Lots of things aparently move faster than light, but when you get down to examining it, nothing really does.

First, stand in the center of a sphere with a 3x10^8 meter circumfrence, and shine a laser pointer at the wall. Now spin the pointer in a circle in less than 1 second. The spot on the wall will move faster than light. However, the light itself doesn't. Lots of things that don't really exist (a spot of light on the wall isn't a "real" thing) can move faster than light.

Second, a photon is a wave packet. A wave packet has both a phase velocity and a group velocity. The phase velocity is the speed that the peaks inside the packet oscillate, and the group velocity is the speed the wave packet actually propagates. For light, the group velocity is always less than c, but the phase velocity may, in fact, be much greater than c. The experements using cesium gas measured a phase velocity of 300c -- an interesting achievement for the intellectually curious, but in the words of the experementor, nothing earth shattering.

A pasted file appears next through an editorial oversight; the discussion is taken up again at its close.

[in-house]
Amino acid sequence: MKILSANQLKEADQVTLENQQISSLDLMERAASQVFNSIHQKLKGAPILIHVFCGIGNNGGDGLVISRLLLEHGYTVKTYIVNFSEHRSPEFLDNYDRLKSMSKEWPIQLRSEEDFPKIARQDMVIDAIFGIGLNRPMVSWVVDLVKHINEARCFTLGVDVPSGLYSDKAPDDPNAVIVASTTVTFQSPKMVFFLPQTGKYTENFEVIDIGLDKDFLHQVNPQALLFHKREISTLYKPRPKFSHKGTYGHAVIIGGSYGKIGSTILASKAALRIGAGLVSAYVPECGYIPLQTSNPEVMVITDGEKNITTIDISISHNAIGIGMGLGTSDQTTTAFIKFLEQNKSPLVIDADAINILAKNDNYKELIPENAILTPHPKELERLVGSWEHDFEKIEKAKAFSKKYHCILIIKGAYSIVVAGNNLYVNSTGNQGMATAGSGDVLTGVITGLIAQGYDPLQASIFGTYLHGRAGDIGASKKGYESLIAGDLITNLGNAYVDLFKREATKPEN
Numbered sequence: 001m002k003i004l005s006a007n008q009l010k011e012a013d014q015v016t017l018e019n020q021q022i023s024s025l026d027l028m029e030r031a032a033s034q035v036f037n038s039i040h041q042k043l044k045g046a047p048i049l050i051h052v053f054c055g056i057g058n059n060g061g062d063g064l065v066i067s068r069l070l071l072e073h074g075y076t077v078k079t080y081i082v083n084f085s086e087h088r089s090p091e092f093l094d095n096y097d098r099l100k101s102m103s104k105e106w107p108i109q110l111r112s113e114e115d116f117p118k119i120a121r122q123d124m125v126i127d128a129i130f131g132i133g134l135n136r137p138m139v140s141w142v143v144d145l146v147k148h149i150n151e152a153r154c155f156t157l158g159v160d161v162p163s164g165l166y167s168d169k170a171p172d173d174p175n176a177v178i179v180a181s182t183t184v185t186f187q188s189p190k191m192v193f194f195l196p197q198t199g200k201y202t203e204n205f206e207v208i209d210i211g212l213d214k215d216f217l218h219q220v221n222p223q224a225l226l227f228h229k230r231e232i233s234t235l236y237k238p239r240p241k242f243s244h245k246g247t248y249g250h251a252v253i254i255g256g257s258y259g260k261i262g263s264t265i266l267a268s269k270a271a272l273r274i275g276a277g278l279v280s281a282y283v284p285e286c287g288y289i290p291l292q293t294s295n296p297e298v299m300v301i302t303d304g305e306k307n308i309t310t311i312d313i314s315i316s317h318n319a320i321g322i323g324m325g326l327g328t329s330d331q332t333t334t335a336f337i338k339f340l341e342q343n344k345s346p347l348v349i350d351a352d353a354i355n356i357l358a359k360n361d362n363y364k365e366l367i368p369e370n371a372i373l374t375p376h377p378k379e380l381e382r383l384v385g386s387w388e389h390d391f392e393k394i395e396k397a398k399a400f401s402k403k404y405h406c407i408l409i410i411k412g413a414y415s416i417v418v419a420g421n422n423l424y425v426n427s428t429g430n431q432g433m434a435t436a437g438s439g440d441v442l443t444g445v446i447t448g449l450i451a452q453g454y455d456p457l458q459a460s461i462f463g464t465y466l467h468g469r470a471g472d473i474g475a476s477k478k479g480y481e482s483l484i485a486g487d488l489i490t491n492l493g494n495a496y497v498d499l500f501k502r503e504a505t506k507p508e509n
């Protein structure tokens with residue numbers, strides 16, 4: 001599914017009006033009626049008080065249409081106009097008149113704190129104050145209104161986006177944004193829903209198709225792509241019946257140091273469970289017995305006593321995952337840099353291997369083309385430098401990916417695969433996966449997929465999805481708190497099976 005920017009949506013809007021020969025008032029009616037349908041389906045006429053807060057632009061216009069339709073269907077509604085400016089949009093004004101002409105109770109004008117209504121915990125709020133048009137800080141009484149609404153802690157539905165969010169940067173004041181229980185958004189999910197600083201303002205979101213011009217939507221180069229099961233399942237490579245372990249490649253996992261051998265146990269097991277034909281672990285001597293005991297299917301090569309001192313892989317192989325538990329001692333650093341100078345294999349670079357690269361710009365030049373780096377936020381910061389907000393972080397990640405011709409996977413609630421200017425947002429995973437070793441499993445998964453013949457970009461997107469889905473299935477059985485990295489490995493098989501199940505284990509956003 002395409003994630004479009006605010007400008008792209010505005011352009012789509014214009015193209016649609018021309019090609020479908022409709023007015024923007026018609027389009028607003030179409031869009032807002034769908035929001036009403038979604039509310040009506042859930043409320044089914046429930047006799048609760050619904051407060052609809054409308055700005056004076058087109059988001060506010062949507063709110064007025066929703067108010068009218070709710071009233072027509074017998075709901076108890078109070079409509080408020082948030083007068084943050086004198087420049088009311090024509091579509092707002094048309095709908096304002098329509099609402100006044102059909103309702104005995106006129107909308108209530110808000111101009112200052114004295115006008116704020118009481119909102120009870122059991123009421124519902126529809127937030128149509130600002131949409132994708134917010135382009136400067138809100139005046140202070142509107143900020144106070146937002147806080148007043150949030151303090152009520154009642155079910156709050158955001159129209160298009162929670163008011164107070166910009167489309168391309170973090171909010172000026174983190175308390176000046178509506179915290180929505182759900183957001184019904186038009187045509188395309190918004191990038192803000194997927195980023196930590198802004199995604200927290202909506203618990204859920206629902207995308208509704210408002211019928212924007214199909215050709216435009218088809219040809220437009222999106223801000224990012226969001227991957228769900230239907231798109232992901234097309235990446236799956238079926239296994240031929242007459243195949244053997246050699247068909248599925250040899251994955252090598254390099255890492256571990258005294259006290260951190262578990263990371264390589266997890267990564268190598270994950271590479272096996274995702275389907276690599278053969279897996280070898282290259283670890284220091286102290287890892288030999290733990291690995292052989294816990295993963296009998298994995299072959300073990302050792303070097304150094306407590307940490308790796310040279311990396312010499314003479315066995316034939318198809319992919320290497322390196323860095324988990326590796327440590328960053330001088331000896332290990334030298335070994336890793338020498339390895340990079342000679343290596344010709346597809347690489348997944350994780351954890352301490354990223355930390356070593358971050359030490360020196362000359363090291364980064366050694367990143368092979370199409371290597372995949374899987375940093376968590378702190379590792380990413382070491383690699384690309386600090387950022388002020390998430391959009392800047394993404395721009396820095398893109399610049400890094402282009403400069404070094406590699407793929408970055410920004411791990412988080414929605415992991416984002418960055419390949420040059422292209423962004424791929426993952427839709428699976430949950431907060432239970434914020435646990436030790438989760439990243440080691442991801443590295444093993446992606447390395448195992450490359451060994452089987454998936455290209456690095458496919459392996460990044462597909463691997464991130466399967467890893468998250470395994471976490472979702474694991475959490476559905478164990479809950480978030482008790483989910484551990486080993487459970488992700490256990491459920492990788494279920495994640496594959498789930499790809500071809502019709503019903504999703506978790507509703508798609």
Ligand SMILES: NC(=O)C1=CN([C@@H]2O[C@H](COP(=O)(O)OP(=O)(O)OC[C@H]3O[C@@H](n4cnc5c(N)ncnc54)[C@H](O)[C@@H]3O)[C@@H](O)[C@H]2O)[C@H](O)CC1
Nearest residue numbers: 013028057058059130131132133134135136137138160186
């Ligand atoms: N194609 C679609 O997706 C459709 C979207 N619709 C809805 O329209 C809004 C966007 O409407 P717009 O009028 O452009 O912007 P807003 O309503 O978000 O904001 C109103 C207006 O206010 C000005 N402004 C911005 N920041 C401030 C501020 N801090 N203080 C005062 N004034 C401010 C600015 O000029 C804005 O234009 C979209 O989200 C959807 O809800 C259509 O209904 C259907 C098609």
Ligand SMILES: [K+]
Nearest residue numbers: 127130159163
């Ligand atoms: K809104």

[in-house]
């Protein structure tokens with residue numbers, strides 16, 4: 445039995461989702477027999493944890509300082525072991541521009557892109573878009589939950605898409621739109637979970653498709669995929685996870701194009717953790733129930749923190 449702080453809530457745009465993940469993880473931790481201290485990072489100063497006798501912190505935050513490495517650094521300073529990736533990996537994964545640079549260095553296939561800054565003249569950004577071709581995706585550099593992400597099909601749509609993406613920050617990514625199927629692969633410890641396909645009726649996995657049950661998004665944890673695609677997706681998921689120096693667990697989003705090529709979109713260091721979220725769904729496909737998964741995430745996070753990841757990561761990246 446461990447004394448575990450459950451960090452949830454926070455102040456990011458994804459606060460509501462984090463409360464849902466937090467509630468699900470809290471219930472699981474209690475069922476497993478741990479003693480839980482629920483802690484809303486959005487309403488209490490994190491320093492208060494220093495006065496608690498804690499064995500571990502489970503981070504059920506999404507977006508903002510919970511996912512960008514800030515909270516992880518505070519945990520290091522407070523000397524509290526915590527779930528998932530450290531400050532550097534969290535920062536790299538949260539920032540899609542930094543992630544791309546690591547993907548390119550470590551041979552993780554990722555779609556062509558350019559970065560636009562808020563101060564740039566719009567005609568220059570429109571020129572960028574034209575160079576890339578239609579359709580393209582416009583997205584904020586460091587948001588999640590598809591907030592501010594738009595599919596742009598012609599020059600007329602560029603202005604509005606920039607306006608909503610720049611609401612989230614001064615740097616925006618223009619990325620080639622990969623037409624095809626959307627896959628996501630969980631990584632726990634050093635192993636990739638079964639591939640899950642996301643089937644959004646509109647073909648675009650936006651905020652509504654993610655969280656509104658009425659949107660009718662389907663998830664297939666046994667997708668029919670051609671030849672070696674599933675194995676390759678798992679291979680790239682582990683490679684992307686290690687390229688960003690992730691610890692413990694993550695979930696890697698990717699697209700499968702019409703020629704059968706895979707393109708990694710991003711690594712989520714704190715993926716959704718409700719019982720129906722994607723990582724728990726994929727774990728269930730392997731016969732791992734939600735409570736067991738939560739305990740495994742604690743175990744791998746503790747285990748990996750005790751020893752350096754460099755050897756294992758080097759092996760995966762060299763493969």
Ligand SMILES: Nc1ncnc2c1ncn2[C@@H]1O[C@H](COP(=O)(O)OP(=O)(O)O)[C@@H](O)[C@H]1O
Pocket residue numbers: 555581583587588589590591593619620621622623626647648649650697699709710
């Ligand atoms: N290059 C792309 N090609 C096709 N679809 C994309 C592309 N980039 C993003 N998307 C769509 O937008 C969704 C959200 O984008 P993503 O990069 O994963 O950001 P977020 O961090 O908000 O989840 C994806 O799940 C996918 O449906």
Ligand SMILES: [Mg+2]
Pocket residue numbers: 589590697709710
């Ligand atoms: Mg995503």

Third, in quantum mechanics, two particles may be entangled. Measurement of an entangled particle will cause its companion to collapse into a definite state. However, there is no way to tell that this has happened until you compare notes afterwards -- via slower than light mechanisms.

Theoretically, a wormhole could be turned into a time machine by taking it on a rocket trip, explained in _Black Holes and Time Warps_ by Kip Thorne. However, last I heard there was debate as to whether gravitational fluctuations would annihalate the wormhole the moment it could be used as a time machine. This is of course assuming you ever could construct a macroscopic worm hole and make it stable.

An interesting result of relativity is that any FTL signal can be used to violate causality.

My opinion is that FTL transport/communication is impossible, mostly because the universe seems pretty good at plugging loopholes.